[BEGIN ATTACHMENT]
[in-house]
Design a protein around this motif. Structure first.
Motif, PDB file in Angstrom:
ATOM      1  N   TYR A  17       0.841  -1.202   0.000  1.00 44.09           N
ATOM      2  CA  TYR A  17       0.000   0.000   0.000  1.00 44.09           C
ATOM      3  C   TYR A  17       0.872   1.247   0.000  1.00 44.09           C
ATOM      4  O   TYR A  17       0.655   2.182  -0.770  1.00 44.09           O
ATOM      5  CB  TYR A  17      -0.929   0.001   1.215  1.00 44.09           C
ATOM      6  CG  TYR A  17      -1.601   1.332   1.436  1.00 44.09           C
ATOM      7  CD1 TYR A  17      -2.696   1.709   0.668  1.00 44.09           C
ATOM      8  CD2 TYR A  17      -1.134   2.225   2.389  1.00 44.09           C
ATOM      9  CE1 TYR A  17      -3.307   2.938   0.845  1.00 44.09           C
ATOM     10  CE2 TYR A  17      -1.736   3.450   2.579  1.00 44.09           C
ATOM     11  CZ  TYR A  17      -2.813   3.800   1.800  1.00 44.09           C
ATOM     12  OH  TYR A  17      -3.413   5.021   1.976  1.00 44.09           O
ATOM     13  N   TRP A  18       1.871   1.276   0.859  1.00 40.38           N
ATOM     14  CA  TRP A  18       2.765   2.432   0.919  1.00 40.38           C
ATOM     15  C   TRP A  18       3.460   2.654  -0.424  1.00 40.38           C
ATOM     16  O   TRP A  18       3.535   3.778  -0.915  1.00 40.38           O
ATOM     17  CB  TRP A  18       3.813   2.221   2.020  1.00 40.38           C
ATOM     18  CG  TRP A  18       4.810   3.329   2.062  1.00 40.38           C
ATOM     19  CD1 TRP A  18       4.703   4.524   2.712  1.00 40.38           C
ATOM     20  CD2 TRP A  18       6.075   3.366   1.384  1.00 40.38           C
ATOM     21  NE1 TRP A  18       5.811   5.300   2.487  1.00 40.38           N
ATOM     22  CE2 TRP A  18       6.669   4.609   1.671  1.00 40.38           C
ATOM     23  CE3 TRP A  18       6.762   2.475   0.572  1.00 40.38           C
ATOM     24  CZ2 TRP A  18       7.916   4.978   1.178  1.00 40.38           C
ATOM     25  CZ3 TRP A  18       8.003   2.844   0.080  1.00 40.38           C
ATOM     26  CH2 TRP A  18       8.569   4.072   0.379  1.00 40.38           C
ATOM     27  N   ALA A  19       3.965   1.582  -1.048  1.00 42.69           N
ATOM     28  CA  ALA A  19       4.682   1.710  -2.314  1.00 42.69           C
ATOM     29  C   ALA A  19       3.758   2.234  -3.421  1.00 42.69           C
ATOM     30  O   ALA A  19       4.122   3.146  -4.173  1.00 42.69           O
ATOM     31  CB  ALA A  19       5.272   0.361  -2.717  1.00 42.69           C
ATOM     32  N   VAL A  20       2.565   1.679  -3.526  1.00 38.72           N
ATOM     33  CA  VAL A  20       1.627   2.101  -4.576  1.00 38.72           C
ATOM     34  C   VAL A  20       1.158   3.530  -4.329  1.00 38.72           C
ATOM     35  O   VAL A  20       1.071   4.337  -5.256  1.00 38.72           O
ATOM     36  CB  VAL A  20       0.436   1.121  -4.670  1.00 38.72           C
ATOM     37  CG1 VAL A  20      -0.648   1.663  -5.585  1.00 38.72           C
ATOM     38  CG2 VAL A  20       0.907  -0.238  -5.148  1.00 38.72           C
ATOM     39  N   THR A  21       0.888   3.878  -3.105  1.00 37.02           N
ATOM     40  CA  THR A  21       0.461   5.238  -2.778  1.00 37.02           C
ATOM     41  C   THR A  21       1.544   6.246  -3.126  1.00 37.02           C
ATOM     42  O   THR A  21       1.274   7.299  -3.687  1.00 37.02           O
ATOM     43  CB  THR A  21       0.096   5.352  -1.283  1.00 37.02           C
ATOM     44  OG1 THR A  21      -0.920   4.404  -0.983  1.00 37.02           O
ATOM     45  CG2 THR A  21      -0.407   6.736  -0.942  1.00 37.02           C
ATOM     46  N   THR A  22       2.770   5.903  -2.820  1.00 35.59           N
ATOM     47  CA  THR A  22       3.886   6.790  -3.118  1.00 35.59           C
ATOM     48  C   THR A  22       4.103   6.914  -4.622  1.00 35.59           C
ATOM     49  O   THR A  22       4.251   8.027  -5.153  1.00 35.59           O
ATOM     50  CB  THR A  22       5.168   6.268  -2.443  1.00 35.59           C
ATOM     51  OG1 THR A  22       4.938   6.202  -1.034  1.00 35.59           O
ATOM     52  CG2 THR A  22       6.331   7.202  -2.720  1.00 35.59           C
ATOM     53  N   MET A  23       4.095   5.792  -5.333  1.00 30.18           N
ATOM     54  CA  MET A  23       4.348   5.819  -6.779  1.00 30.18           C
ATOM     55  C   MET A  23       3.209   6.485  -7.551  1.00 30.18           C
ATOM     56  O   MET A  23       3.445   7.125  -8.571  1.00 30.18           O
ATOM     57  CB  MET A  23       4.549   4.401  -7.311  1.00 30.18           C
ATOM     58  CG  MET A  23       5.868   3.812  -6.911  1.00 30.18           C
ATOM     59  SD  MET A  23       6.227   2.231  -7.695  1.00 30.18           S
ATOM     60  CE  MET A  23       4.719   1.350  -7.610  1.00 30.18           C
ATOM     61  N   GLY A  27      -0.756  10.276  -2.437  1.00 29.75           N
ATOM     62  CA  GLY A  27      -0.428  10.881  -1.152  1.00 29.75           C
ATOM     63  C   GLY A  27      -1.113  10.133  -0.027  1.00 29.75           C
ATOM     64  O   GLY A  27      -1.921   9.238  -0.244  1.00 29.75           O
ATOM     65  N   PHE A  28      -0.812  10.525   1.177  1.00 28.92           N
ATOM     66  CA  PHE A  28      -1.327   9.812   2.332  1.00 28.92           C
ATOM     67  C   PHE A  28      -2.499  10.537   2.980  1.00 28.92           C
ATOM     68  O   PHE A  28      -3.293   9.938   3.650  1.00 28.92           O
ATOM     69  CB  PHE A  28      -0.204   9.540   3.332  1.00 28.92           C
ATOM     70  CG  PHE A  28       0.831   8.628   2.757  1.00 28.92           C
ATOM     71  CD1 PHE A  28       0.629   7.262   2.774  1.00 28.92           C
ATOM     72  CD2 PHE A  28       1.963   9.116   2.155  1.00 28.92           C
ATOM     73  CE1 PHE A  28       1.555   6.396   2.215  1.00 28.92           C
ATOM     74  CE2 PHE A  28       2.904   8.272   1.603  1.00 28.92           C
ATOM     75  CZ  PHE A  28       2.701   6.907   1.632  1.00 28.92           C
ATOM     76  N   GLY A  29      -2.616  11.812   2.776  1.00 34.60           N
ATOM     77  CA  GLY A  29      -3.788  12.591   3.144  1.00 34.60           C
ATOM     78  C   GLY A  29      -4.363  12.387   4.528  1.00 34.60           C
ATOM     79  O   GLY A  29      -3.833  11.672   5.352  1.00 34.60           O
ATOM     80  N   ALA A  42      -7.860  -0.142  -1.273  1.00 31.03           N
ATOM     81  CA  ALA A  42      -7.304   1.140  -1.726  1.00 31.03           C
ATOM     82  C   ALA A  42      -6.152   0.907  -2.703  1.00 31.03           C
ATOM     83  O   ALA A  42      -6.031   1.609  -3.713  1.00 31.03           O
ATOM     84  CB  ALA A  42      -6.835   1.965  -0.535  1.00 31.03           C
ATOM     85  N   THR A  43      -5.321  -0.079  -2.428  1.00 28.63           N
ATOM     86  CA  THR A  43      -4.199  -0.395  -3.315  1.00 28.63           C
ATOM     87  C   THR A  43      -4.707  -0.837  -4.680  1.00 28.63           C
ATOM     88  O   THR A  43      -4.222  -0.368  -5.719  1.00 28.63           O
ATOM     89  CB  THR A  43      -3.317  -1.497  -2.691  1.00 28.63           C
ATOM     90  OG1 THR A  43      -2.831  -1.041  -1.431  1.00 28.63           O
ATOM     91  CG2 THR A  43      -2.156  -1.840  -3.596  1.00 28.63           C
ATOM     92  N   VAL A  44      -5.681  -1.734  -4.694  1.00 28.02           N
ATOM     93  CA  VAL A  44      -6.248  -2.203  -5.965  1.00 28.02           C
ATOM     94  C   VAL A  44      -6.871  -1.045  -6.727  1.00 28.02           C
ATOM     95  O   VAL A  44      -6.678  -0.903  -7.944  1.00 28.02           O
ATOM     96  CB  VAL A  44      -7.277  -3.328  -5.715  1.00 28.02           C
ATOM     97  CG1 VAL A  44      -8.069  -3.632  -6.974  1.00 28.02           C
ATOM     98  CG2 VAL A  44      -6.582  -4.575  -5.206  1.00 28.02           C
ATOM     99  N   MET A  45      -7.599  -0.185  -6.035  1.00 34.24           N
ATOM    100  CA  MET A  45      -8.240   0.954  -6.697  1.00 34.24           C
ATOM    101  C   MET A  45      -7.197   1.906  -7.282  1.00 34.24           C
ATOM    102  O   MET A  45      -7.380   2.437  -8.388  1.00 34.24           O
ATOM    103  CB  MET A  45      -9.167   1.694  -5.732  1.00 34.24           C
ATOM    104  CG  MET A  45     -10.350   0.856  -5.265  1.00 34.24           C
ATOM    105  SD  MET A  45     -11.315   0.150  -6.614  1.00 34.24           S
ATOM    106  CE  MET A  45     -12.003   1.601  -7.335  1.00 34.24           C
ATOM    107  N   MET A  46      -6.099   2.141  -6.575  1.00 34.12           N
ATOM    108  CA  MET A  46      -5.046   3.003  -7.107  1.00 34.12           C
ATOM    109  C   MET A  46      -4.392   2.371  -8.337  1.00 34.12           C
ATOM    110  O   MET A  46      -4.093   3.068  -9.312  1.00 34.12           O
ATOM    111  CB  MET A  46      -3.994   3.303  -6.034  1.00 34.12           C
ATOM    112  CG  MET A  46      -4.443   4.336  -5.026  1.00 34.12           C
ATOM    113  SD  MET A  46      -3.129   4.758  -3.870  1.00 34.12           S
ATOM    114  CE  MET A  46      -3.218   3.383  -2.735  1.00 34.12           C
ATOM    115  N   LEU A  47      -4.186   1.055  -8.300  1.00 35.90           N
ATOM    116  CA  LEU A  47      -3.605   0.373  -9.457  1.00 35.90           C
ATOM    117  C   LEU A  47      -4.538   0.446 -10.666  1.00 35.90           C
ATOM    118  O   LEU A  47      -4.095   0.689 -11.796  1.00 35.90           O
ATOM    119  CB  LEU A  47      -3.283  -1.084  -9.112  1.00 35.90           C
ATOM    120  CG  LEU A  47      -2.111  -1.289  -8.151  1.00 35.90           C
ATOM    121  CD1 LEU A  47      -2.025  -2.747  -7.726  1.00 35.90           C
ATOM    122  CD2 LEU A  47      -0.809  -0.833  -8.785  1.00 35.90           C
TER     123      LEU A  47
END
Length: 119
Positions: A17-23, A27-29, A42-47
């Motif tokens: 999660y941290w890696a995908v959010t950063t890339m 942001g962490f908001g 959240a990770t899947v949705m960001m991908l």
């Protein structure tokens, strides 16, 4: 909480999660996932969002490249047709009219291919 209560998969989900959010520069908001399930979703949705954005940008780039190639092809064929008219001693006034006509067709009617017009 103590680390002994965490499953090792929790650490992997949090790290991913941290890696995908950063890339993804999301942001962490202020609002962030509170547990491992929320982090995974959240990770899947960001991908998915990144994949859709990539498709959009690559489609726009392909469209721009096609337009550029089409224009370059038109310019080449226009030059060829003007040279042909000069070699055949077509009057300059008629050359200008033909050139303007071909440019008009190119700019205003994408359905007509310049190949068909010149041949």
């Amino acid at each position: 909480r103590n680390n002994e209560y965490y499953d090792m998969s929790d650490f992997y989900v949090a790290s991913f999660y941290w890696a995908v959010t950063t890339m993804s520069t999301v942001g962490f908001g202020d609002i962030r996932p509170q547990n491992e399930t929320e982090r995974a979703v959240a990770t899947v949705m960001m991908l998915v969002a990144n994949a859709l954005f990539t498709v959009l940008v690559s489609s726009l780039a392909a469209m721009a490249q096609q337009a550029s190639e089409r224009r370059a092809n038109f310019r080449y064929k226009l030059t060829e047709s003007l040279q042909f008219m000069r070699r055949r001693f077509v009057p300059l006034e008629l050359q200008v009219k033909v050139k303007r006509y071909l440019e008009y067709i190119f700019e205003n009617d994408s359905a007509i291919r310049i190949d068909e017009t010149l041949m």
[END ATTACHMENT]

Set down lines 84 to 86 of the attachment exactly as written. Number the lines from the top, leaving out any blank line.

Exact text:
ATOM     81  CA  ALA A  42      -7.304   1.140  -1.726  1.00 31.03           C
ATOM     82  C   ALA A  42      -6.152   0.907  -2.703  1.00 31.03           C
ATOM     83  O   ALA A  42      -6.031   1.609  -3.713  1.00 31.03           O